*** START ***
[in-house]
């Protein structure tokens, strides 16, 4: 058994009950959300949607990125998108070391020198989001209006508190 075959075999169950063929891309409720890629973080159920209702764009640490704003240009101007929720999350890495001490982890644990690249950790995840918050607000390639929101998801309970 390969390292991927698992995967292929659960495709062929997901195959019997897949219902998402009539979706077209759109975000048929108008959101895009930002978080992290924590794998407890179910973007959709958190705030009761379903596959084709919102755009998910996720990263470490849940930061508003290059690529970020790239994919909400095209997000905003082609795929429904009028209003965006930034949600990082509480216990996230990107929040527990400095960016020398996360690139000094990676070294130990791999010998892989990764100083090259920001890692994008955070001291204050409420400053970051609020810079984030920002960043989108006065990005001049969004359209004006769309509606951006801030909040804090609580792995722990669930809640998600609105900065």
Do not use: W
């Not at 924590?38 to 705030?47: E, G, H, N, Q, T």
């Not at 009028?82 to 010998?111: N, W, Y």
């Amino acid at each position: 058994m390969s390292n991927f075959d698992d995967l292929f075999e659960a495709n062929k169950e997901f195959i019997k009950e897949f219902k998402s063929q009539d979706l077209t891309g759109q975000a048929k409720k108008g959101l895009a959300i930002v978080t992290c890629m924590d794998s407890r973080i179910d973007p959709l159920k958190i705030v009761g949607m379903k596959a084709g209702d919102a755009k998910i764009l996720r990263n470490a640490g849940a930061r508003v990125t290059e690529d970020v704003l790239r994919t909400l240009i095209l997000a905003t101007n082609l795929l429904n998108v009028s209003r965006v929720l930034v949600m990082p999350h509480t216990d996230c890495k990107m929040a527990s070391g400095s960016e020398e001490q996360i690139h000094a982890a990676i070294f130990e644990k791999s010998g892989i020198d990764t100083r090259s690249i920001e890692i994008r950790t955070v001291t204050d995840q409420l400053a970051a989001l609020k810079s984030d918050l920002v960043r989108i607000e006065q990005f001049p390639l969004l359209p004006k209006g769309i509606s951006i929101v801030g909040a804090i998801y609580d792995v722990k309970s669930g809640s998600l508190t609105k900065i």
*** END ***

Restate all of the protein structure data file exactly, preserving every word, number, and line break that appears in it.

[in-house]
């Protein structure tokens, strides 16, 4: 058994009950959300949607990125998108070391020198989001209006508190 075959075999169950063929891309409720890629973080159920209702764009640490704003240009101007929720999350890495001490982890644990690249950790995840918050607000390639929101998801309970 390969390292991927698992995967292929659960495709062929997901195959019997897949219902998402009539979706077209759109975000048929108008959101895009930002978080992290924590794998407890179910973007959709958190705030009761379903596959084709919102755009998910996720990263470490849940930061508003290059690529970020790239994919909400095209997000905003082609795929429904009028209003965006930034949600990082509480216990996230990107929040527990400095960016020398996360690139000094990676070294130990791999010998892989990764100083090259920001890692994008955070001291204050409420400053970051609020810079984030920002960043989108006065990005001049969004359209004006769309509606951006801030909040804090609580792995722990669930809640998600609105900065």
Do not use: W
């Not at 924590?38 to 705030?47: E, G, H, N, Q, T």
């Not at 009028?82 to 010998?111: N, W, Y």
């Amino acid at each position: 058994m390969s390292n991927f075959d698992d995967l292929f075999e659960a495709n062929k169950e997901f195959i019997k009950e897949f219902k998402s063929q009539d979706l077209t891309g759109q975000a048929k409720k108008g959101l895009a959300i930002v978080t992290c890629m924590d794998s407890r973080i179910d973007p959709l159920k958190i705030v009761g949607m379903k596959a084709g209702d919102a755009k998910i764009l996720r990263n470490a640490g849940a930061r508003v990125t290059e690529d970020v704003l790239r994919t909400l240009i095209l997000a905003t101007n082609l795929l429904n998108v009028s209003r965006v929720l930034v949600m990082p999350h509480t216990d996230c890495k990107m929040a527990s070391g400095s960016e020398e001490q996360i690139h000094a982890a990676i070294f130990e644990k791999s010998g892989i020198d990764t100083r090259s690249i920001e890692i994008r950790t955070v001291t204050d995840q409420l400053a970051a989001l609020k810079s984030d918050l920002v960043r989108i607000e006065q990005f001049p390639l969004l359209p004006k209006g769309i509606s951006i929101v801030g909040a804090i998801y609580d792995v722990k309970s669930g809640s998600l508190t609105k900065i």